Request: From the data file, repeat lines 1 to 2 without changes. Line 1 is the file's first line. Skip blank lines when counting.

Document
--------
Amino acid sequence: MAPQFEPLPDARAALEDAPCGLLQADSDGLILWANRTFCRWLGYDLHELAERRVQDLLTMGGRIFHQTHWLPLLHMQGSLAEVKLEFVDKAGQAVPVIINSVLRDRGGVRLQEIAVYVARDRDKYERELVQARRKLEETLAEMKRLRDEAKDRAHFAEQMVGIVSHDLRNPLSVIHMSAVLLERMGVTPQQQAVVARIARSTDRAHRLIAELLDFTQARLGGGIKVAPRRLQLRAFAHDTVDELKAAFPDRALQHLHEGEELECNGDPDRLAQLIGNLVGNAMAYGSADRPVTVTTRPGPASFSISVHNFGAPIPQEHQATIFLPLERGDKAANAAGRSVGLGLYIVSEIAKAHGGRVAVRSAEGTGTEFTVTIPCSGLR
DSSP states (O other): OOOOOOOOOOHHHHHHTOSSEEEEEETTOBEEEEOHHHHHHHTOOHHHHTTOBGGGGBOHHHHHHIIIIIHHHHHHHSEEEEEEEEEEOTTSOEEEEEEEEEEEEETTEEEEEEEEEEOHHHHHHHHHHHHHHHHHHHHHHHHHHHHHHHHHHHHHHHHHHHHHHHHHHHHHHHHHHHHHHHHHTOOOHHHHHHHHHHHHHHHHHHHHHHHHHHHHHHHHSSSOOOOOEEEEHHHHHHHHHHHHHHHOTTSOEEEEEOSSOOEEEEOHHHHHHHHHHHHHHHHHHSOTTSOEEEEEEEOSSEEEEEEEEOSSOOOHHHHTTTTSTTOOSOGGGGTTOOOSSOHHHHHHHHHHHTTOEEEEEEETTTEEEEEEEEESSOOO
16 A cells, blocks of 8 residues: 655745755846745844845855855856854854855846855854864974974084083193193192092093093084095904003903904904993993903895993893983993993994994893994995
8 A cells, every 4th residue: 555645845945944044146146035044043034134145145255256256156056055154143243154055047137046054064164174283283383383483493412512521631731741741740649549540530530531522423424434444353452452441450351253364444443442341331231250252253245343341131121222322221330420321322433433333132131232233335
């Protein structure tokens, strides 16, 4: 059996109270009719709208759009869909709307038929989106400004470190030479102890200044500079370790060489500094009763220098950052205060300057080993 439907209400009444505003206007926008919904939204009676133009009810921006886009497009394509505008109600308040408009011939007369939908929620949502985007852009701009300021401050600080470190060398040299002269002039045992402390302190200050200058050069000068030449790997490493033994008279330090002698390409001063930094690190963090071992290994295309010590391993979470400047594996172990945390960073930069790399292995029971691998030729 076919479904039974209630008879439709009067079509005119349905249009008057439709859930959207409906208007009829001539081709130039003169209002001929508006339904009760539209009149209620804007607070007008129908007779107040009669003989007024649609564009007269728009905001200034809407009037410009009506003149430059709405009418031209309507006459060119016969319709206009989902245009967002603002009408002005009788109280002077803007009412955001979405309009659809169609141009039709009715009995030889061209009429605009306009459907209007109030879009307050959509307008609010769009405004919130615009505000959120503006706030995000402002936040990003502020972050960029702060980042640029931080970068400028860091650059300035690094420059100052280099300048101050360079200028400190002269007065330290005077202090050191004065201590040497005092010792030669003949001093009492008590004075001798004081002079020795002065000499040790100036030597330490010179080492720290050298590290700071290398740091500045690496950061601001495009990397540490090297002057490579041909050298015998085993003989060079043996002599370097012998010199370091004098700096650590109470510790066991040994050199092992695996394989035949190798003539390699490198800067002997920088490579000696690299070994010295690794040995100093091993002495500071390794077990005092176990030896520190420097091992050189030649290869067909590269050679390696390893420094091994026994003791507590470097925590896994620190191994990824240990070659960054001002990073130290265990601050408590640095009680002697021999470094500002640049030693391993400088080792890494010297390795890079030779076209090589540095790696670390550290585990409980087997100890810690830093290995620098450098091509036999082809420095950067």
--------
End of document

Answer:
Amino acid sequence: MAPQFEPLPDARAALEDAPCGLLQADSDGLILWANRTFCRWLGYDLHELAERRVQDLLTMGGRIFHQTHWLPLLHMQGSLAEVKLEFVDKAGQAVPVIINSVLRDRGGVRLQEIAVYVARDRDKYERELVQARRKLEETLAEMKRLRDEAKDRAHFAEQMVGIVSHDLRNPLSVIHMSAVLLERMGVTPQQQAVVARIARSTDRAHRLIAELLDFTQARLGGGIKVAPRRLQLRAFAHDTVDELKAAFPDRALQHLHEGEELECNGDPDRLAQLIGNLVGNAMAYGSADRPVTVTTRPGPASFSISVHNFGAPIPQEHQATIFLPLERGDKAANAAGRSVGLGLYIVSEIAKAHGGRVAVRSAEGTGTEFTVTIPCSGLR
DSSP states (O other): OOOOOOOOOOHHHHHHTOSSEEEEEETTOBEEEEOHHHHHHHTOOHHHHTTOBGGGGBOHHHHHHIIIIIHHHHHHHSEEEEEEEEEEOTTSOEEEEEEEEEEEEETTEEEEEEEEEEOHHHHHHHHHHHHHHHHHHHHHHHHHHHHHHHHHHHHHHHHHHHHHHHHHHHHHHHHHHHHHHHHHTOOOHHHHHHHHHHHHHHHHHHHHHHHHHHHHHHHHSSSOOOOOEEEEHHHHHHHHHHHHHHHOTTSOEEEEEOSSOOEEEEOHHHHHHHHHHHHHHHHHHSOTTSOEEEEEEEOSSEEEEEEEEOSSOOOHHHHTTTTSTTOOSOGGGGTTOOOSSOHHHHHHHHHHHTTOEEEEEEETTTEEEEEEEEESSOOO